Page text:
Basic setup:

regression model: $y = \text{constant} +\beta_1x_1+\beta_2x_2+\beta_3x_3+\beta_4x_4+\alpha C+\epsilon$ where C is the vector of control variables.

I'm interested in $\beta$ and expect $\beta_1$ and $\beta_2$ to be negative. However, there is multicollinearity problem in the model, the coefficient of correlation is given by, corr($x_1$,$x_2)=$ 0.9345, corr($x_1$,$x_3)=$ 0.1765, corr($x_2$,$x_3)=$ 0.3019.

So $x_1$ and $x_2$ are highly correlated, and they should virtually provide the same information. I run three regressions:

  1. exclude $x_1$ variable; 2. exclude $x_2$ variable; 3. original model with both $x_1$ and $x_2$.

For regression 1 and 2, it provide the expected sign for $\beta_2$ and $\beta_1$ respectively and with similar magnitude. And $\beta_2$ and $\beta_1$ are significant in 10% level in both model after I do the HAC correction in standard error. $\beta_3$ is positive but not significant in both model.

But for 3, $\beta_1$ has the expected sign, but the sign for $\beta_2$ is positive with the magnitude twice greater than $\beta_1$ in absolute value. And both $\beta_1$ and $\beta_2$ are insignificant. Moreover, the magnitude for $\beta_3$ reduces almost in half compared to regression 1 and 2.

My question is:

Why in 3, the sign of $\beta_2$ becomes positive and much greater than $\beta_1$ in absolute value? Is there any statistical reason that $\beta_2$ can flip sign and has large magnitude? Or is it because model 1 and 2 suffer omitted variable problem which inflated $\beta_3$ provided $x_2$ has positive effect on y? But then in regression model 1 and 2, both $\beta_2$ and $\beta_1$ should be positive instead of negative, since the total effect of $x_1$ and $x_2$ in regression model 3 is positive.


3 Answers 3


Think of this example:

Collect a dataset based on the coins in peoples pockets, the y variable/response is the total value of the coins, the variable x1 is the total number of coins and x2 is the number of coins that are not quarters (or whatever the largest value of the common coins are for the local).

It is easy to see that the regression with either x1 or x2 would give a positive slope, but when incuding both in the model the slope on x2 would go negative since increasing the number of smaller coins without increasing the total number of coins would mean replacing large coins with smaller ones and reducing the overall value (y).

The same thing can happen any time you have correlalted x variables, the signs can easily be opposite between when a term is by itself and in the presence of others.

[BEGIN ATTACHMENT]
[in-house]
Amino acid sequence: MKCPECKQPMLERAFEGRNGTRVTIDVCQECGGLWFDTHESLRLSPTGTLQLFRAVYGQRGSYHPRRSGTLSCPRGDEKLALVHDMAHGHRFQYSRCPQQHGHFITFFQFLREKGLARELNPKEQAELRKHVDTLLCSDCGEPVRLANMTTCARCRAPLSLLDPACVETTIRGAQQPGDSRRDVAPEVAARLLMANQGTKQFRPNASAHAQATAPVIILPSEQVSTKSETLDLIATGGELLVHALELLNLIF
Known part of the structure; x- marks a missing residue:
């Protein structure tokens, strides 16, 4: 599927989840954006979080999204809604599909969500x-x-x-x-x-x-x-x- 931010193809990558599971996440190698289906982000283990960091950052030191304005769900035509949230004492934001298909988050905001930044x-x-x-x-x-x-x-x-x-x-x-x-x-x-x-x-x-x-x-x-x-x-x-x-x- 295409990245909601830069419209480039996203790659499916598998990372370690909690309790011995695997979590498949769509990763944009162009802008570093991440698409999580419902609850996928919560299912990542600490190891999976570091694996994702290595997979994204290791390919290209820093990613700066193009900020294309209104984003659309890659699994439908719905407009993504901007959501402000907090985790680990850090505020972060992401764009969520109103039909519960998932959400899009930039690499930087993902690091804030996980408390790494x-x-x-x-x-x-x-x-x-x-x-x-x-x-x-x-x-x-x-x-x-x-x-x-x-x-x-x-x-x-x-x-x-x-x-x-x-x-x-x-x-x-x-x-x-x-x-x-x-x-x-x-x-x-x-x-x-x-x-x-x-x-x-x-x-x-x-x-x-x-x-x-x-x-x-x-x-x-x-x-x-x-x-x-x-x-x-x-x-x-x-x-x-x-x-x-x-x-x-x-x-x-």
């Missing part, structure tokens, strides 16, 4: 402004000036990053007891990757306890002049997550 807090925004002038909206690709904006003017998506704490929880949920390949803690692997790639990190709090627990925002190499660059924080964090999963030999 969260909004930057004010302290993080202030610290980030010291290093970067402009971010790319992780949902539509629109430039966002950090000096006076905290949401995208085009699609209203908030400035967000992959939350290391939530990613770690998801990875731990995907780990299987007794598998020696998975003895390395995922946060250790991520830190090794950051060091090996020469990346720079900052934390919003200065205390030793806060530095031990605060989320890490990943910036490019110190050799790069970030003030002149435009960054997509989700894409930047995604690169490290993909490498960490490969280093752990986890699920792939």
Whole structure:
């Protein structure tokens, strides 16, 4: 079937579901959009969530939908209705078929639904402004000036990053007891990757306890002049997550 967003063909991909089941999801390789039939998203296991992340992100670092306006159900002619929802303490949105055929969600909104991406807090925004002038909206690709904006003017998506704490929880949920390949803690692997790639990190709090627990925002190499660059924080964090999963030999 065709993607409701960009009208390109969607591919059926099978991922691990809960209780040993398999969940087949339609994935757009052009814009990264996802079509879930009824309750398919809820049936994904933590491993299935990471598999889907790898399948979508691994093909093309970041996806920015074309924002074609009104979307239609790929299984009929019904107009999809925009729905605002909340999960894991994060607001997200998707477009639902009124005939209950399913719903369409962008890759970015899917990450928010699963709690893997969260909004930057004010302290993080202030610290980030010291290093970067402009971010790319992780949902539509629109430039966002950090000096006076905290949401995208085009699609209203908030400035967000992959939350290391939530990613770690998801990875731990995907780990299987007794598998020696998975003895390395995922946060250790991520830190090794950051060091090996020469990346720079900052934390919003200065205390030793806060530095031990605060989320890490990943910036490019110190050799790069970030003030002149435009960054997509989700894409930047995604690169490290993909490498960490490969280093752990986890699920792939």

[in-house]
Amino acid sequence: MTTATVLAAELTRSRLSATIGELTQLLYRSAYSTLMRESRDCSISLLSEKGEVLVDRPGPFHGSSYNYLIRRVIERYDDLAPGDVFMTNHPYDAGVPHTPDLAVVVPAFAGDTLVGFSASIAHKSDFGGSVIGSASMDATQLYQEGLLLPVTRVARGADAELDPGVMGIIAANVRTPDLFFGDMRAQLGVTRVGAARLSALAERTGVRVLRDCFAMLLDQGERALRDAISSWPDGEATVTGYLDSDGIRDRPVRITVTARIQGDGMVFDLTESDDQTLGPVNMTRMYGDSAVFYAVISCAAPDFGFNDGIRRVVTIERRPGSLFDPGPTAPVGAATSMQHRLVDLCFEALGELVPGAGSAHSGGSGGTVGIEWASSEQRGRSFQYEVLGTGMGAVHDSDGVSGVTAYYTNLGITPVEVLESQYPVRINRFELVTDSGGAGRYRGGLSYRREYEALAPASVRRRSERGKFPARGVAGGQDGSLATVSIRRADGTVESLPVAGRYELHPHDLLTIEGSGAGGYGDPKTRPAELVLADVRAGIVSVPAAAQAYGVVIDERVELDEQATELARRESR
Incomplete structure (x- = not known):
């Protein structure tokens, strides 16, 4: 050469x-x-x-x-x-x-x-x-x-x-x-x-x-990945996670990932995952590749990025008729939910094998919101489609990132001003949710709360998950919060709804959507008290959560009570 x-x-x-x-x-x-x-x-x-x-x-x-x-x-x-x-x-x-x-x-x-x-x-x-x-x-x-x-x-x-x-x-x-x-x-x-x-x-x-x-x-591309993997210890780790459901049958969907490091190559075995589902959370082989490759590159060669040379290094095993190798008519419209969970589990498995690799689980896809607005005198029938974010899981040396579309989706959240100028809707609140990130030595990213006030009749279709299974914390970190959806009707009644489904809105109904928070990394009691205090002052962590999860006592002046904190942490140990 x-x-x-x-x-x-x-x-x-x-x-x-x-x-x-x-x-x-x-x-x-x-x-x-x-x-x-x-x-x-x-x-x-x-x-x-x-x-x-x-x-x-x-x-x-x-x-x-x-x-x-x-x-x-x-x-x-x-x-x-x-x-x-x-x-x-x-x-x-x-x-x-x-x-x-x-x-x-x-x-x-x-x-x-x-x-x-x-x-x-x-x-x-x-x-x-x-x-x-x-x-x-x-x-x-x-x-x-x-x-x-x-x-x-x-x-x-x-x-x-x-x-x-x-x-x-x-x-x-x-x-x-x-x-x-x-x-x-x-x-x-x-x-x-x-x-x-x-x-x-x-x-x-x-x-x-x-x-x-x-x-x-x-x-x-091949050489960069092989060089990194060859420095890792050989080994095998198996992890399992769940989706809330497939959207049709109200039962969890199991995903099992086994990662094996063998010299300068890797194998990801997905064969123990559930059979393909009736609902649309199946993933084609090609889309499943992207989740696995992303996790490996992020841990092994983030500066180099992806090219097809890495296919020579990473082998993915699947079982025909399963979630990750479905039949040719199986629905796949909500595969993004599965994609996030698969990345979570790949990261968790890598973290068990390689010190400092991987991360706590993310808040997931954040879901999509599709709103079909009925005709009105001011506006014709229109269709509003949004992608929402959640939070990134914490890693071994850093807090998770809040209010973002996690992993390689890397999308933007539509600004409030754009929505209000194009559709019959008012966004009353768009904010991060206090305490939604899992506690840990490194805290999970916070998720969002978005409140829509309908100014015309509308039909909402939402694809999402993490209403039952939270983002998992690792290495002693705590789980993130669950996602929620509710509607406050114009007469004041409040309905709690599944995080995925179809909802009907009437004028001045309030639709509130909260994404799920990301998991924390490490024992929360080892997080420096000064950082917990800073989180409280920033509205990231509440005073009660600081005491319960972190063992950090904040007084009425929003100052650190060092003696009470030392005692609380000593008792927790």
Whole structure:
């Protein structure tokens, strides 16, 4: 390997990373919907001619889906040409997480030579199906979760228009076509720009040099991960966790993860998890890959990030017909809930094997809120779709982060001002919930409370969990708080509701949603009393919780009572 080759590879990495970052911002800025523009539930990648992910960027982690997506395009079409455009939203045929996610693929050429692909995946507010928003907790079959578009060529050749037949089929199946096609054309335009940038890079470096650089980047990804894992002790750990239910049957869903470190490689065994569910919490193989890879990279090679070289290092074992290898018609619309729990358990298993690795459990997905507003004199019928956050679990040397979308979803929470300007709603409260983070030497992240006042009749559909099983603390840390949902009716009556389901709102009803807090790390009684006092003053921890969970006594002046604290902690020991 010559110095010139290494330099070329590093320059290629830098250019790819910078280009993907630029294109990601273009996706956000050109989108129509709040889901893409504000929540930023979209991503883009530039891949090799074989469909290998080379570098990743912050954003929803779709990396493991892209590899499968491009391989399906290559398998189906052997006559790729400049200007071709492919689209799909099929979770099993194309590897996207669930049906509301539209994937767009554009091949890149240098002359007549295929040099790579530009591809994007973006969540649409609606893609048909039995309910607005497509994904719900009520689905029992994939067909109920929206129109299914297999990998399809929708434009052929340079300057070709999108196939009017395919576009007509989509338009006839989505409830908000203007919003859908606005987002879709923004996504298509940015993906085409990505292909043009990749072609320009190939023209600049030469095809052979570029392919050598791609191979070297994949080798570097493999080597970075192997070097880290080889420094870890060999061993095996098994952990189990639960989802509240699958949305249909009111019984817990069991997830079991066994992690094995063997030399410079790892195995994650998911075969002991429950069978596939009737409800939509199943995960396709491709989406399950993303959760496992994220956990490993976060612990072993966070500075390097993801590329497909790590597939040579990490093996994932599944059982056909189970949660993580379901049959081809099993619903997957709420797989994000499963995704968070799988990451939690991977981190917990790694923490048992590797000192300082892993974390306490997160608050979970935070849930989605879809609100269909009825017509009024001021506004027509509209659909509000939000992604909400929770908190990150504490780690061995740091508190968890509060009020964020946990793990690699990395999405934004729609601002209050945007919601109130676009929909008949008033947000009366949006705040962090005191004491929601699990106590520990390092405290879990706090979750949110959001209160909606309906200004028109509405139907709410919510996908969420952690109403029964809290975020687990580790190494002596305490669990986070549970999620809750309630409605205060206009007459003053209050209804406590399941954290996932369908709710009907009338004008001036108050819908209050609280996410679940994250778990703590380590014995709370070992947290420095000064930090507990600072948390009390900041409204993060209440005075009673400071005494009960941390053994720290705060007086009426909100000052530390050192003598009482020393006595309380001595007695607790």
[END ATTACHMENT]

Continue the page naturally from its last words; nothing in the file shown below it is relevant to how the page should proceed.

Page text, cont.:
• $\begingroup$ Greg, how does this work with times series financial data? If I’m only interested in understanding the relationship between x1 and y, and x2 and y, then wouldn’t I opt for the separate regression interpretation? Certainly it is true that y tends to rise as x2 rises. Only in the context of holding x1 constant does x2 have a negative relationship with y. $\endgroup$ Commented Sep 5, 2021 at 22:49

You have answered your own question - there is collinearity.

A bit of explanation: $x_1$ and $x_2$ are highly collinear. But when you enter both into the regression, the regression is attempting to control for the effect of the other variables. In other words, hold $x_1$ constant, what do changes in $x_2$ do to $y$. But the fact that they are so highly related means that this question is silly, and weird things can happen.

  • $\begingroup$ Thanks a lot. But since multicolinearity in theory only inflatesthe variance but not affects the overall prediction power of the highly correlated variables, so I thought $\beta_1*x1+\beta_2*x2$ in model 3 should provide similar result as $\beta_2*x2$ in model 1 or $\beta_1*x1$ in model 2, since pairwise correlation of x1 x2 with x3 is not high (actually this is my confusing part). But since correlation can be really messy, and in practice, I should not expect this since my model is only an approximation of the DGP and the correlation with other variables matters. $\endgroup$
    – ting
    Commented Oct 31, 2012 at 23:21
  • $\begingroup$ If you want to get into the math of this, I highly recommend books by David Belsley. $\endgroup$
    – Peter Flom
    Commented Oct 31, 2012 at 23:39
  • $\begingroup$ Great, Thank you so much!!! Just requested the books from the library :) $\endgroup$
    – ting
    Commented Oct 31, 2012 at 23:48

Why in 3, the sign of β2 becomes positive and much greater than β1 in absolute value? Is there any statistical reason that β2 can flip sign and has large magnitude?

The simple answer is there is no deep reason.

The way to think about it is that when multicollineary approaches perfect, the specific values that you end up obtaining from the fitting become more and more dependent on smaller and smaller details of the data. If you were to sample the same amount of data from the same underlying distribution and then fit, you could obtain completely different fitted values.


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